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More and more women don't want kids, and here's why

Birth rates in the United States are on the decline, and experts believe part of this could be because of cis women's decision to go childfree.

More and more women don't want kids, and here's why
Image Source: Supreme Court To Hear Abortion Rights Case. WASHINGTON, DC - MARCH 02. (Drew Angerer/Getty Images)

Any cis woman who has stated out loud that she does not want to have children has probably been met with invalidation. "You will change your mind once you get older," some folks say in response. "It is a woman's natural instinct to want to be a mom." However, more and more cis women are choosing not to have children, it appears. Although early speculations of a pandemic baby boom were made, the public health crisis has only propelled a decline in the national birth rate. Since 2007, the birth rate in the United States has been declining by about two percent each year on average. Part of this could be owing to women's decision to not have any children, CNN reports.



 

Dyanna Volek, a local government worker in San Francisco, always knew she did not want to have children. "I'm always looking forward to the next thing," she said in an interview with the news outlet. "Being a parent was never one of them." The 37-year-old was discouraged from being open about her choice to go childfree due to the taboo of such a decision but became more open about it when things started getting serious with her partner. By the time they got married last November, the couple had decided they did not want any children. Volek does not see herself changing her mind any time soon, much like dozens of other cis women across the country. But why is this so?



 

Some women simply do not want the responsibility of carrying and raising a child. Cecilia Sanders, aged 32, is a project manager based in Chicago. Like Volek, she knew early on that she did not wish to have children of her own. This is mostly because she does not want to sacrifice her own needs and desires in order to fulfill her duty as a parent. As someone who struggles with anxiety and depression, she knows how difficult it is to take care of herself when her symptoms flare up. She cannot imagine having to take care of a child during such periods of time. She affirmed, "After a year of really thinking about it, I was like, 'No. If I do this, I'm lying to myself.'"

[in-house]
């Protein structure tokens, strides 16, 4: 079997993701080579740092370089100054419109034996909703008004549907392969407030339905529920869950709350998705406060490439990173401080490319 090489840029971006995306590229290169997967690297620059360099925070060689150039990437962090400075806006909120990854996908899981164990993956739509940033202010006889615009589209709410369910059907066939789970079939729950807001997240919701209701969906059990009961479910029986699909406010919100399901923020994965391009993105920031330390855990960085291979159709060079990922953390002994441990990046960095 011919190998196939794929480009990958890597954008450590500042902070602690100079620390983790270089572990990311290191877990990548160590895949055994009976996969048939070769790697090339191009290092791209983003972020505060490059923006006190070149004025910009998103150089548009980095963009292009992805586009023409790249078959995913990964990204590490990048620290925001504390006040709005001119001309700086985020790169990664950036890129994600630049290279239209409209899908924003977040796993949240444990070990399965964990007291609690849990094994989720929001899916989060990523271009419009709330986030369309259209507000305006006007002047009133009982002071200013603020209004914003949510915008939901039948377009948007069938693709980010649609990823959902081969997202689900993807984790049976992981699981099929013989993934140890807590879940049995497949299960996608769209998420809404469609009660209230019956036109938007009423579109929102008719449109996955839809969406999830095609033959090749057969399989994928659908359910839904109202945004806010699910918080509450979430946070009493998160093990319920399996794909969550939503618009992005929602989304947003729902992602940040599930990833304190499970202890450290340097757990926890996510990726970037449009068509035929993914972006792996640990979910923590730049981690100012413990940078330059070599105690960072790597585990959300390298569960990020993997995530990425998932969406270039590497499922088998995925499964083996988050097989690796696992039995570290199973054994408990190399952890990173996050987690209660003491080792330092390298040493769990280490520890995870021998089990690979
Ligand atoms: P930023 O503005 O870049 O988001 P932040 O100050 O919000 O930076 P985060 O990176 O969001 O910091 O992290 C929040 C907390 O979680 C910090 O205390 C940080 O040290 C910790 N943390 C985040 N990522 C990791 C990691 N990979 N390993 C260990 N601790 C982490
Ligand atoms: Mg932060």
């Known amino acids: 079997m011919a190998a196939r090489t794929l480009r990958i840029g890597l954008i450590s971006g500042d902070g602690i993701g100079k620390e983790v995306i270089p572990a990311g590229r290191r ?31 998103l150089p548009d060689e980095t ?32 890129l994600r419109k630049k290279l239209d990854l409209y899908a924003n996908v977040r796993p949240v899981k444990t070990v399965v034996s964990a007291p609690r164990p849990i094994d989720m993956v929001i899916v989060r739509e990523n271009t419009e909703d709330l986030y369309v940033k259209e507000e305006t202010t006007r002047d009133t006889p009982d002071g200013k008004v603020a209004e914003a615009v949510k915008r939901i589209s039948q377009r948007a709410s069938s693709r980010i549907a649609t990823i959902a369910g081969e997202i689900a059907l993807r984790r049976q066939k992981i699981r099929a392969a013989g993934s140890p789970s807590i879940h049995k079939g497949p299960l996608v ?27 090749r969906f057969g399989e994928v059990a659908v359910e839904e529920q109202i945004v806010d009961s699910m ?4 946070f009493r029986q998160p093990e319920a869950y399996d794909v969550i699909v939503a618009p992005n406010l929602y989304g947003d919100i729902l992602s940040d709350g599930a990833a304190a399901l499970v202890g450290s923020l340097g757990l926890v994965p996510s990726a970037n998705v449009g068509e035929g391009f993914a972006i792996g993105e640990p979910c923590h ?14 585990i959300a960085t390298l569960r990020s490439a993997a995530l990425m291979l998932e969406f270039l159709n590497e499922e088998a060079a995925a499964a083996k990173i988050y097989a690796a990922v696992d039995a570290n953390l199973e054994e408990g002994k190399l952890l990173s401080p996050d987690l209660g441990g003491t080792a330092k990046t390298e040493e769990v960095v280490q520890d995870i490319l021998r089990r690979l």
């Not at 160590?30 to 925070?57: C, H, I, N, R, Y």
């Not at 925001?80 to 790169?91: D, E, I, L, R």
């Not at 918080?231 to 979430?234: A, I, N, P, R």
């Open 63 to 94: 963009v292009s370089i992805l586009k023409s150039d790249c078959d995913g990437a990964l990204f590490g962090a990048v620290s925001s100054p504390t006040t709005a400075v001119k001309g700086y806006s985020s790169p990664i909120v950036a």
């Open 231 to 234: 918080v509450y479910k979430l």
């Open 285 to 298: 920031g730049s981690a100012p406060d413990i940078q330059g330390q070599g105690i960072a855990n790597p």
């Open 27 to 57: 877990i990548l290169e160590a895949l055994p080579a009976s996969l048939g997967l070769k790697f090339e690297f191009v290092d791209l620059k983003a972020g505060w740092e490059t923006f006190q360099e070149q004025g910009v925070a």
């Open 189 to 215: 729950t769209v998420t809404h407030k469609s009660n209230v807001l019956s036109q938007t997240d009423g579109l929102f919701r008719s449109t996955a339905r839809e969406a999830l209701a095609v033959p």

Others fear a lack of institutional and interpersonal support. If the pandemic has proven one thing, it is that the burden of childcare falls first and foremost on mothers; mixed-gender couples rarely distribute the responsibility of childcare equitably and state mechanisms of support are severely broken. Amy Blackstone, a sociologist at the University of Maine and the author of Childfree by Choice: The Movement Redefining Family and Creating a New Age of Independence, points to the country's lack of family-friendly policies as a reason why many women choose to go childfree. "The pandemic has really revealed to us how poorly we support parents in the US," she explained. "We've come to see the truth that we've always known but never speak out loud, which is that parenting is really hard. And we don't really support parents in that role."



 

Finally, certain cis women simply like their lives as they are now. Jordan Levey, a 35-year-old lawyer who has been married to her husband for four years, believed a "maternal instinct" would kick in eventually. However, after almost half a decade of living with her partner, the couple has realized that they quite enjoy their lifestyles as they are now. She shared, We are really happy in our life. We love to travel, we love to cook, we both really value our alone time and that self-care. I think we would be perfectly fine parents, I just don't think we would enjoy it." Despite these perfectly valid reasons, women are still judged for the decision to not have kids. It's time to change our preconceived notions of what women "should" do, and listen to what they want to do instead.



 

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